Cambodia: ‘Lack of staff to cope with vital move to Industry 4.0’
Only one in five companies in Cambodia feel their staff have the skills to take advantage of opportunities in the digital economy, according to a survey by DataU, USAID and the American Chamber of Commerce.
They contacted more than 200 organisations in the Kingdom from companies with fewer than 50 employees to conglomerates with more than 1,000 workers.
The survey showed that smaller firms were more positive about Industry 4.0 – the move to a data driven high-tech economy. DataU Managing Partner Joseph Telfer said that may be because small companies are not fully aware of what is coming and may not have old technology that will need to be upgraded. He said bigger companies may be less optimistic because they plan to undertake more new projects and will have to find more skilled workers.
Only one in 10 respondents said they could find talent at the right price and only one in five thought their existing staff had the skills needed to achieve a digital transformation in the next five years.
“With these emerging new trends and technologies investing in talent and getting ready for Industry 4.0 is absolutely crucial,” said DataU Managing Director Ioni Spinu. “Globally, we’re looking at 11.4 million new data specialists being required and some of those new specialists are going to join the workforce here in Cambodia and in the regional market. It’s great that we have demand that grows by 29 percent year-on-year but the challenge that we have is that the supply only grows by 14 percent,” she said.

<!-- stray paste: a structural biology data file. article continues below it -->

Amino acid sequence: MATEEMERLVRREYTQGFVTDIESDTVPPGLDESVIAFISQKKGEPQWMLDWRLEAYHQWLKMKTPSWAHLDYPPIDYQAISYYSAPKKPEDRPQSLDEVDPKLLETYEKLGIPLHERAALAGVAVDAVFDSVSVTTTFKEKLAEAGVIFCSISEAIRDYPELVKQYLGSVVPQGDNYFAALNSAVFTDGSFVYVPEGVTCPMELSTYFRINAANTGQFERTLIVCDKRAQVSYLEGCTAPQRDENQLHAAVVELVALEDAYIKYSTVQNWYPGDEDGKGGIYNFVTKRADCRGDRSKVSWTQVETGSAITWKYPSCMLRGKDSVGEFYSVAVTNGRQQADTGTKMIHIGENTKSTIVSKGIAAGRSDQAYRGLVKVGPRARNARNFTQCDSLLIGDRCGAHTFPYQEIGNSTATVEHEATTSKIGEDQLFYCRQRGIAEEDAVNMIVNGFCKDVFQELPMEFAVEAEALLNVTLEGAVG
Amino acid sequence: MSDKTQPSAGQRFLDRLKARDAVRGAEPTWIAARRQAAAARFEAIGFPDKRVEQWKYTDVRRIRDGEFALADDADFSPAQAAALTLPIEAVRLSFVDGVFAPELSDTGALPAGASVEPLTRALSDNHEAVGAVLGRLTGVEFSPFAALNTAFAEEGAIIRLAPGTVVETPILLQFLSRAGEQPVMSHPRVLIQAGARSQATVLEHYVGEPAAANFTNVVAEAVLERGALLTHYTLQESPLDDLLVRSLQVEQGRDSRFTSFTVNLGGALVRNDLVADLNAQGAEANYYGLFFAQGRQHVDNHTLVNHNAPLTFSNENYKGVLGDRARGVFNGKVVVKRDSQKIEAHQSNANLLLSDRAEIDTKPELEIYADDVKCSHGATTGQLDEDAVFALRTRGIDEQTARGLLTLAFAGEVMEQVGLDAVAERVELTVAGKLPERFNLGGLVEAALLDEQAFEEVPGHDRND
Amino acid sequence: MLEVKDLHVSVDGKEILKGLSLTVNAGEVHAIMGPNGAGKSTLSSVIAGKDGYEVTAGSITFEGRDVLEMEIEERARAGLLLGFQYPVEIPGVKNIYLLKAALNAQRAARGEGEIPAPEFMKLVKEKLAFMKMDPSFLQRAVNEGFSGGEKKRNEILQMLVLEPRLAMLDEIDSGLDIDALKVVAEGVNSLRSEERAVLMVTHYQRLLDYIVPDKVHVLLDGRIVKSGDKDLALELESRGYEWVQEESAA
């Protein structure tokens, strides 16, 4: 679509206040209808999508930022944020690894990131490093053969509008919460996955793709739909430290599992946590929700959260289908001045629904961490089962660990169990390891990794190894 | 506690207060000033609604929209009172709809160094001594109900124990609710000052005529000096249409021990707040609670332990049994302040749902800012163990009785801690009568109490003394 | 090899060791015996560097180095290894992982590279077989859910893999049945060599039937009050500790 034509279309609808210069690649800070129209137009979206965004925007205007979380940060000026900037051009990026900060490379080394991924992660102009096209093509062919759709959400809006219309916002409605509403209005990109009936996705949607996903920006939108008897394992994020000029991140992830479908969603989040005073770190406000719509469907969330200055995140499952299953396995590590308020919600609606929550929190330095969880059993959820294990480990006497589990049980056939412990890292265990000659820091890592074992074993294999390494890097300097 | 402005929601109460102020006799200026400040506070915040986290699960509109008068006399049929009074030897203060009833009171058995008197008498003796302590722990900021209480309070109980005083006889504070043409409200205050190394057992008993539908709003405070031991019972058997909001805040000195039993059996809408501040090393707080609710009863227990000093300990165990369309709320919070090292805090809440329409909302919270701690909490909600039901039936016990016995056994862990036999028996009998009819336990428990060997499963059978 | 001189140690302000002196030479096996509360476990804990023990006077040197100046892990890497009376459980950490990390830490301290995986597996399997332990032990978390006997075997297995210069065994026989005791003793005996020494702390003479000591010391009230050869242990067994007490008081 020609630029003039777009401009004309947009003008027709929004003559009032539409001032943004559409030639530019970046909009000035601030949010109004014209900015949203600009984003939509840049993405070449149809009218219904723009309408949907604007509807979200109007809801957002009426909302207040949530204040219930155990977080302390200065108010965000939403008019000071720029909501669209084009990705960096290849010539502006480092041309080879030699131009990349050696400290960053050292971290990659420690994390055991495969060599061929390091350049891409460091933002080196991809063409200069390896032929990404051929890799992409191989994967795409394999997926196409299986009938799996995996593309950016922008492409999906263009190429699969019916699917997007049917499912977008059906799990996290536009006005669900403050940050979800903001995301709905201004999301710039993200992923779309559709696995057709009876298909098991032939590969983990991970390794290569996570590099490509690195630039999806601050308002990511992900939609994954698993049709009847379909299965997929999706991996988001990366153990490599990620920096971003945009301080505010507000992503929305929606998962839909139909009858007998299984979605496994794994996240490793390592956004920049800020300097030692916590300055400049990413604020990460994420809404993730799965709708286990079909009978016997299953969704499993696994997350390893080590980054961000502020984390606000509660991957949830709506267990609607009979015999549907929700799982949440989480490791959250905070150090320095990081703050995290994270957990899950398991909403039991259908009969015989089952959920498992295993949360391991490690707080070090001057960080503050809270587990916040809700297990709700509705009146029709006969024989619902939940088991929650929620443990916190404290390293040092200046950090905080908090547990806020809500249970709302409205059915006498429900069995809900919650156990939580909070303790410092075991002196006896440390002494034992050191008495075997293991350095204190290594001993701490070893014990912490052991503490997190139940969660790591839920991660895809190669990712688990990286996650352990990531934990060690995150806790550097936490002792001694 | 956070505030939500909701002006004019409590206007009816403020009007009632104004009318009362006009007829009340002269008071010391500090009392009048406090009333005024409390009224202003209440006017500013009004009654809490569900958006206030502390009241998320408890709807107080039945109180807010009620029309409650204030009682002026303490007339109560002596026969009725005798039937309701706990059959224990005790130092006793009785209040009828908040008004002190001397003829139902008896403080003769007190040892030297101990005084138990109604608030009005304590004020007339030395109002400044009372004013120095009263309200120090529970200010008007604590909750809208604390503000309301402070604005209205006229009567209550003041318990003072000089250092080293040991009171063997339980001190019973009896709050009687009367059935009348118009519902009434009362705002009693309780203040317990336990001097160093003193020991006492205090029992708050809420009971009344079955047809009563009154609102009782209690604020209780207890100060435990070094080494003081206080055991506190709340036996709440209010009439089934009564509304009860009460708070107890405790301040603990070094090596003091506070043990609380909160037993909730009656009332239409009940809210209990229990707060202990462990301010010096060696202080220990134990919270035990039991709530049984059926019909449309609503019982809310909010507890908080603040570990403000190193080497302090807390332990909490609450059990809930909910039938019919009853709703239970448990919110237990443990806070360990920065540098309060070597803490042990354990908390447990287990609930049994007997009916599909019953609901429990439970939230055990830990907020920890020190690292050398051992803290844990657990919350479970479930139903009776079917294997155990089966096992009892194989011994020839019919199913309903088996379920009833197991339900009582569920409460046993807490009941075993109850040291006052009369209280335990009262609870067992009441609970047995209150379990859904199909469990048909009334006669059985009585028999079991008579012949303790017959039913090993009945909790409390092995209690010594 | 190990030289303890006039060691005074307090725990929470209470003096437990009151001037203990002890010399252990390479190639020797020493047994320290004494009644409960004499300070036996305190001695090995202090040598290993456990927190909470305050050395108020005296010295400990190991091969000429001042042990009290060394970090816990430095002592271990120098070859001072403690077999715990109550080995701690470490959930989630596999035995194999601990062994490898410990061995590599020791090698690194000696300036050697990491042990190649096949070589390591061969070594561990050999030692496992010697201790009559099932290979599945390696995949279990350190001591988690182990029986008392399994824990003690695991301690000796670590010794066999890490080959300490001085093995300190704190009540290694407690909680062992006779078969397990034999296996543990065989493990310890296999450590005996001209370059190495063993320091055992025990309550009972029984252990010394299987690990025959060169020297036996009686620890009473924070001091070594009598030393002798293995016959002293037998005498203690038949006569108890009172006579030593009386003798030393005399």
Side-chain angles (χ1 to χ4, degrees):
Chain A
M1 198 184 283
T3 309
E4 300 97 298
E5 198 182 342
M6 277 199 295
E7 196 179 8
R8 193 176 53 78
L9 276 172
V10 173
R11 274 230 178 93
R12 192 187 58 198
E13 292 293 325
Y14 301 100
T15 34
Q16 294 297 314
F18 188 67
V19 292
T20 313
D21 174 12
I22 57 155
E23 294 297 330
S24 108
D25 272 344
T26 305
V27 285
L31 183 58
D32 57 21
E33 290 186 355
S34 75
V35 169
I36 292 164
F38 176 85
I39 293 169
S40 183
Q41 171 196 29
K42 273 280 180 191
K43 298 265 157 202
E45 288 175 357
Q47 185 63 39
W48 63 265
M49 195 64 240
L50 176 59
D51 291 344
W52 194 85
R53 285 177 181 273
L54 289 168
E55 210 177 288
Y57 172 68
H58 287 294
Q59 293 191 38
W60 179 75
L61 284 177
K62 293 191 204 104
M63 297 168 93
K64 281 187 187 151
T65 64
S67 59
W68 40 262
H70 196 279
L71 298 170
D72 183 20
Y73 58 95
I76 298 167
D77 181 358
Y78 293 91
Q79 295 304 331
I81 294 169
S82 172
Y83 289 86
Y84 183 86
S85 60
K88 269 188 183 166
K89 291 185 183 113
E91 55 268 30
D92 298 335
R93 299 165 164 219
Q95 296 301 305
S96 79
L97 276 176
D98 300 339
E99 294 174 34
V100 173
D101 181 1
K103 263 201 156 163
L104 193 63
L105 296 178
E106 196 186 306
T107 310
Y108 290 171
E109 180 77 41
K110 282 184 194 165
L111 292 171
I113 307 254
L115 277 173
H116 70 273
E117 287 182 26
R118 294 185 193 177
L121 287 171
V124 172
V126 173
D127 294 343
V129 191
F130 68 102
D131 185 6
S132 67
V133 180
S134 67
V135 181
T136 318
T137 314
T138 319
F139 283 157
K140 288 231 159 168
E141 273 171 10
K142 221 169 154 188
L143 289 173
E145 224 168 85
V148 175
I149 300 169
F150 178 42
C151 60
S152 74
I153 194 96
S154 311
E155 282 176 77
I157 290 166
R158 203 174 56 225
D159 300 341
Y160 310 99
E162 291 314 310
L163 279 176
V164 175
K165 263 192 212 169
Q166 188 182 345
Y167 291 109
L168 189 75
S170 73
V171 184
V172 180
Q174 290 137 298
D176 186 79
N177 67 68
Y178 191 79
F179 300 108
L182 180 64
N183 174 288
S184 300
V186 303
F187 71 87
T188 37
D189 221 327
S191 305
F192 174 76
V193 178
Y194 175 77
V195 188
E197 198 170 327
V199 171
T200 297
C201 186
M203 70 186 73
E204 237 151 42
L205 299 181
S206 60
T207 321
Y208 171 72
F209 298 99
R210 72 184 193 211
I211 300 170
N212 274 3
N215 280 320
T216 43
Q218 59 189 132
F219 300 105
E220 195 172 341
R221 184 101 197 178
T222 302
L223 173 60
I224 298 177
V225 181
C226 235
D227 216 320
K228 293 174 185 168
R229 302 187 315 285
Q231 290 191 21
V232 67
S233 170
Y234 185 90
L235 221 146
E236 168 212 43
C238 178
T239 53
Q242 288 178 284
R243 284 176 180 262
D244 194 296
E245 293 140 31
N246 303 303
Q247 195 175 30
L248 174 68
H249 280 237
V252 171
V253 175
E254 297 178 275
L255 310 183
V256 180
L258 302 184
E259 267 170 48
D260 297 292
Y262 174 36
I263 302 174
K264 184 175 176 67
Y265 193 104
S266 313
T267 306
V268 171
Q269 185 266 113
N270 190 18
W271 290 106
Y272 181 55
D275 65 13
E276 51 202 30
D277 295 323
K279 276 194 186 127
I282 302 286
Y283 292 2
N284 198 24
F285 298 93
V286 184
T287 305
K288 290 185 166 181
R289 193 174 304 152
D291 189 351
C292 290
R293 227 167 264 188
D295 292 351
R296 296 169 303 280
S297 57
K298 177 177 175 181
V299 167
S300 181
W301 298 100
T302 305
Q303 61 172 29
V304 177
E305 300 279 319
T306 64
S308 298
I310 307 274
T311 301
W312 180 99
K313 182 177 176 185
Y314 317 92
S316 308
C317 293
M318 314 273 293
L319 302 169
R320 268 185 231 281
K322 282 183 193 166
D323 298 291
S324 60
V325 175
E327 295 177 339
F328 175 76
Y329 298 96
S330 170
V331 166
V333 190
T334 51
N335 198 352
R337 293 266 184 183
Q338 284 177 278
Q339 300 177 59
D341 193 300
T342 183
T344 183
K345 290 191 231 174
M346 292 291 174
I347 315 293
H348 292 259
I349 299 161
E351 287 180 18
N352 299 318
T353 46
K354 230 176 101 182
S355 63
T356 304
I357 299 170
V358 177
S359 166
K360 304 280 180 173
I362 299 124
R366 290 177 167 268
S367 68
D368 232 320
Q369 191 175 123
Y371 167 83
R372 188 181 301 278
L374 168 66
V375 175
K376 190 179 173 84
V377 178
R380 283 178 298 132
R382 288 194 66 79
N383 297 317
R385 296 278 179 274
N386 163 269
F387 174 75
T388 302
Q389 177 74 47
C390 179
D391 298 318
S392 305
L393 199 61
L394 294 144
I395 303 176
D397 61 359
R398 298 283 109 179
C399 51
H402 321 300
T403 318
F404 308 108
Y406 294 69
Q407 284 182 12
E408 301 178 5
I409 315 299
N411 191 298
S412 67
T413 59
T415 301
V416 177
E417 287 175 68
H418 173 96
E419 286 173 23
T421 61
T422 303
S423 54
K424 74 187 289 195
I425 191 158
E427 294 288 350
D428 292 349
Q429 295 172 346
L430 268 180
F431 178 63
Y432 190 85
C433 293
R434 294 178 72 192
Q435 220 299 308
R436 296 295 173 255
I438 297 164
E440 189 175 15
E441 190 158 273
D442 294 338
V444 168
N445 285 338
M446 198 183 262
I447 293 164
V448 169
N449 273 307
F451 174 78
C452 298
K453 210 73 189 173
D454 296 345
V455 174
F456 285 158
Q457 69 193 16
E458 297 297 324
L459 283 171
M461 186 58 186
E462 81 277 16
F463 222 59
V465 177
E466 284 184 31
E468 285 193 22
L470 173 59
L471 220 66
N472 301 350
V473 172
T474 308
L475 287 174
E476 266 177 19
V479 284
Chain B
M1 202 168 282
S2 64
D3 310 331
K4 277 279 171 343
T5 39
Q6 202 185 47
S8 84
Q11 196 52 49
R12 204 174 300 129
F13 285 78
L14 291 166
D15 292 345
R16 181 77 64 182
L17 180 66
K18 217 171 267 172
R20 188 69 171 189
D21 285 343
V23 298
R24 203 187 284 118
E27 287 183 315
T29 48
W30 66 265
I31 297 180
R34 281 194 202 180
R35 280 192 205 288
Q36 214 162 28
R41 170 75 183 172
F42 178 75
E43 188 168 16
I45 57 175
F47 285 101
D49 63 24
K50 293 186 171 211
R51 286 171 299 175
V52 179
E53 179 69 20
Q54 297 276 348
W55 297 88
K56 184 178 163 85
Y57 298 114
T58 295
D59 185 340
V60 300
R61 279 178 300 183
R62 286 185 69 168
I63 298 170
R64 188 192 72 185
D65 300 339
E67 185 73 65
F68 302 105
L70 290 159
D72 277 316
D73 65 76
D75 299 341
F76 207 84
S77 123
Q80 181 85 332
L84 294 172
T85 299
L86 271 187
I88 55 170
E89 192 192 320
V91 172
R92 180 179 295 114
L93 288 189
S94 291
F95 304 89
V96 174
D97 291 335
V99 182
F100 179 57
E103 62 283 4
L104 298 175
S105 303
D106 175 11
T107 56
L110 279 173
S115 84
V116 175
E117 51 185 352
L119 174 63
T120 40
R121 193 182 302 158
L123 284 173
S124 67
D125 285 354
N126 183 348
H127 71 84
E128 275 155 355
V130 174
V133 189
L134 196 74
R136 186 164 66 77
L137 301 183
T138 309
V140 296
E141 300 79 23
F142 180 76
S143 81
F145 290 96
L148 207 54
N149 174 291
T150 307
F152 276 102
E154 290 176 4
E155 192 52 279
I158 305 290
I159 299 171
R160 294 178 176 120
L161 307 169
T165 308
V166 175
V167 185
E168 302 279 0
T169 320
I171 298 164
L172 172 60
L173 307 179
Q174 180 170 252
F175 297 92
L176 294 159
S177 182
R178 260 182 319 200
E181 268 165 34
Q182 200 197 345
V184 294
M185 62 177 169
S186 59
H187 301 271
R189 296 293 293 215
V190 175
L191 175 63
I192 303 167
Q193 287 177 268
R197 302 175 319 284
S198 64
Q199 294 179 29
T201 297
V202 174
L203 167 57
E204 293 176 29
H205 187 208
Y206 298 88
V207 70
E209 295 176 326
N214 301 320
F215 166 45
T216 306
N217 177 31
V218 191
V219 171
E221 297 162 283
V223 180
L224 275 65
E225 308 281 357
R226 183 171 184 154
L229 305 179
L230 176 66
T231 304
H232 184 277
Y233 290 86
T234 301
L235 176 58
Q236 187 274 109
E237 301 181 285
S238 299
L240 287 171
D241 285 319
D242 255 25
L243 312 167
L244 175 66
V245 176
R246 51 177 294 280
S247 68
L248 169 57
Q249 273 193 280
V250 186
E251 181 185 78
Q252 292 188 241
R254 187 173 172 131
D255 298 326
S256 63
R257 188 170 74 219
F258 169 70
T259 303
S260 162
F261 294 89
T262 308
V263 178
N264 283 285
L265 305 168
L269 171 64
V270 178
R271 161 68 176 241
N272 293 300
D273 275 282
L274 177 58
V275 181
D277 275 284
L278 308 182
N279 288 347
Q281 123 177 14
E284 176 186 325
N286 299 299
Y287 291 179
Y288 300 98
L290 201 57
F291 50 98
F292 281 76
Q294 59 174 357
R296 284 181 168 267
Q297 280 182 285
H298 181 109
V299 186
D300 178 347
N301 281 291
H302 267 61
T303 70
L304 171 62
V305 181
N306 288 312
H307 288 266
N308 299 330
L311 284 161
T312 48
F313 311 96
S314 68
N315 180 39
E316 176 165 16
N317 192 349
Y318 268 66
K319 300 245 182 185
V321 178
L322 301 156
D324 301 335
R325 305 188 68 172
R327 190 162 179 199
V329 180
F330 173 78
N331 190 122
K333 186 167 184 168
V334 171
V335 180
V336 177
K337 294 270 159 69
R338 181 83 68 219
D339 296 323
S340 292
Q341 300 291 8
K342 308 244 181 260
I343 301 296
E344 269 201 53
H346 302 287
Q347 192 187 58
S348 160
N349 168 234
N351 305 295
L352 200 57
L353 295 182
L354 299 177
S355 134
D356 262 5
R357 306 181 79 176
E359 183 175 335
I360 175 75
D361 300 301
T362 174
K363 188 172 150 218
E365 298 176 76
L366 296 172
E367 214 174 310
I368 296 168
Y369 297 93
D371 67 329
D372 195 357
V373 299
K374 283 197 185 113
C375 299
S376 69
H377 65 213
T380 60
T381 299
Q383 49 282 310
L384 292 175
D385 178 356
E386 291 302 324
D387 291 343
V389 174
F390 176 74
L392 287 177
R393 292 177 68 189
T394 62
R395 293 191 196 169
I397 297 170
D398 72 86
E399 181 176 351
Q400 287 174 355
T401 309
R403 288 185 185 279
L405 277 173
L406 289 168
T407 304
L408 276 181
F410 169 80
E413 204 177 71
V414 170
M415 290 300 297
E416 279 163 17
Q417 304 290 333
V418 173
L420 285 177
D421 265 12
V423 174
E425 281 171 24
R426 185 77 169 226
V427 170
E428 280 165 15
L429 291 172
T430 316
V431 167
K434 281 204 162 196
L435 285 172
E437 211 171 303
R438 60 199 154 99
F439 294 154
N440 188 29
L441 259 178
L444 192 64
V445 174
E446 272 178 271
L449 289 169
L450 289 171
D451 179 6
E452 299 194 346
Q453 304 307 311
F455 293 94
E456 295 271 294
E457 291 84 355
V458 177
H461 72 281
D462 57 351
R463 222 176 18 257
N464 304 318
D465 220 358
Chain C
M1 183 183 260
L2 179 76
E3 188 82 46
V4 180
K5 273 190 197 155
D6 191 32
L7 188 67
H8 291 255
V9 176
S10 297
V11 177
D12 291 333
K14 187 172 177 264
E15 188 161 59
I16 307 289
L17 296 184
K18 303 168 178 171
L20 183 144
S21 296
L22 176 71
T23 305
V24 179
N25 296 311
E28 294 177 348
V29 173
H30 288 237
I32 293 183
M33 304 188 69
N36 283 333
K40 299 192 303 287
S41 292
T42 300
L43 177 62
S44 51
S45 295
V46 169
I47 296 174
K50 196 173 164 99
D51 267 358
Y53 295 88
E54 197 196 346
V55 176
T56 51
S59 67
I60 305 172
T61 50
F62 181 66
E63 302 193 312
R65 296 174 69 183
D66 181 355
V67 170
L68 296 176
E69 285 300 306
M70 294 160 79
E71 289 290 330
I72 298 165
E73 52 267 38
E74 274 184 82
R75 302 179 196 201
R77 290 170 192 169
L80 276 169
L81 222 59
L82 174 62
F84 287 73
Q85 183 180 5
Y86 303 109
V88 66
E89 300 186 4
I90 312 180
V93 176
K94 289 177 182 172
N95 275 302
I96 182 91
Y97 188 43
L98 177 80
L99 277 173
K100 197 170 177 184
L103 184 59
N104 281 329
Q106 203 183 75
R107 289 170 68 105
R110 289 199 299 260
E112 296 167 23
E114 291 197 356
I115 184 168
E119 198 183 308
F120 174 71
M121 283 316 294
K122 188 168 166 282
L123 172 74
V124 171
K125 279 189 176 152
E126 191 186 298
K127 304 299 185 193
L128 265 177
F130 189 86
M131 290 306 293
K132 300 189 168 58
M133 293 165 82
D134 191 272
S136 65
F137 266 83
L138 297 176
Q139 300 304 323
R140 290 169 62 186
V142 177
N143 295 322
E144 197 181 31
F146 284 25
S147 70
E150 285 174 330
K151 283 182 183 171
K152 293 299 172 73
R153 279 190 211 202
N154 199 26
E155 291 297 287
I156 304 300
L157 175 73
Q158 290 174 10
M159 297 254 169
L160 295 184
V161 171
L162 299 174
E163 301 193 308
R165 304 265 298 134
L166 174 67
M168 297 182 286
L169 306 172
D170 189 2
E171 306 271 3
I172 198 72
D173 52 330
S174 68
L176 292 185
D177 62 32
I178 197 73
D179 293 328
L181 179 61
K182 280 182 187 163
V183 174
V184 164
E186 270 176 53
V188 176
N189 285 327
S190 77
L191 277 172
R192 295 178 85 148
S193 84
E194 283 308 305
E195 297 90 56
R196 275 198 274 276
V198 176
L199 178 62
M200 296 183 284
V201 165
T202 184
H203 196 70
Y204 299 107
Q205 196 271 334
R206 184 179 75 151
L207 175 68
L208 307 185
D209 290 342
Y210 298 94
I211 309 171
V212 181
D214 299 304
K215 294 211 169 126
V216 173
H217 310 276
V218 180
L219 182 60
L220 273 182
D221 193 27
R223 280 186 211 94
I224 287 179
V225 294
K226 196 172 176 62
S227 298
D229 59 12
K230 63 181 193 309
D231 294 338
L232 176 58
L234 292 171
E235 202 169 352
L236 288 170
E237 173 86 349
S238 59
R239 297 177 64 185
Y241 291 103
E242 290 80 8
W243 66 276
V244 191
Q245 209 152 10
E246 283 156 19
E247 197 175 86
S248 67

DataU is a Phnom Penh-based college offering short courses in hard skills including data visualisation, Excel and Python along with soft skills such as problem-solving, communication and critical thinking.
Their six-month programme is now being supported by the US Agency for International Development (USAID), an independent agency of the US government. USAID has invested more than $300,000 into grants to students and employers who want to upgrade their data analytics skills. Part of the funding is helping to cut the cost of placement fees paid by companies to secure skilled DataU graduates from $6,000 to $3,000.
“What we’re doing is offering job training for Cambodians, for individuals who have lost their employment due to Covid. We’re part of the economic recovery here,” said USAID’s Cambodia Mission Director Nancy Eslick. “It’s going to increase incomes for individuals, for families, for communities but also for companies.”
Many of the companies taking part in the survey said they relied on social media sites such as Facebook to target customers and sell their products. As a result the majority of respondents said the skills most needed for the next five to 10 years were social media management, digital marketing and data-driven customer experience, ensuring it lives up to expectations both pre- and post-purchase.
The survey also offered a word of warning to older employees. It found that companies believe their senior staff may not have the skills to continue in their positions.
“We know the population pyramid. We know that Cambodia’s future will be carried forward by its youth but we still have this group of 40-somethings in Cambodia working in offices, requiring digital skills,” said DataU ‘s Telfer.
He said companies that want to keep their experienced staff need to send them on short training courses so that they can also share in the company’s transformation to Industry 4.0, also known as the Fourth Industrial Revolution.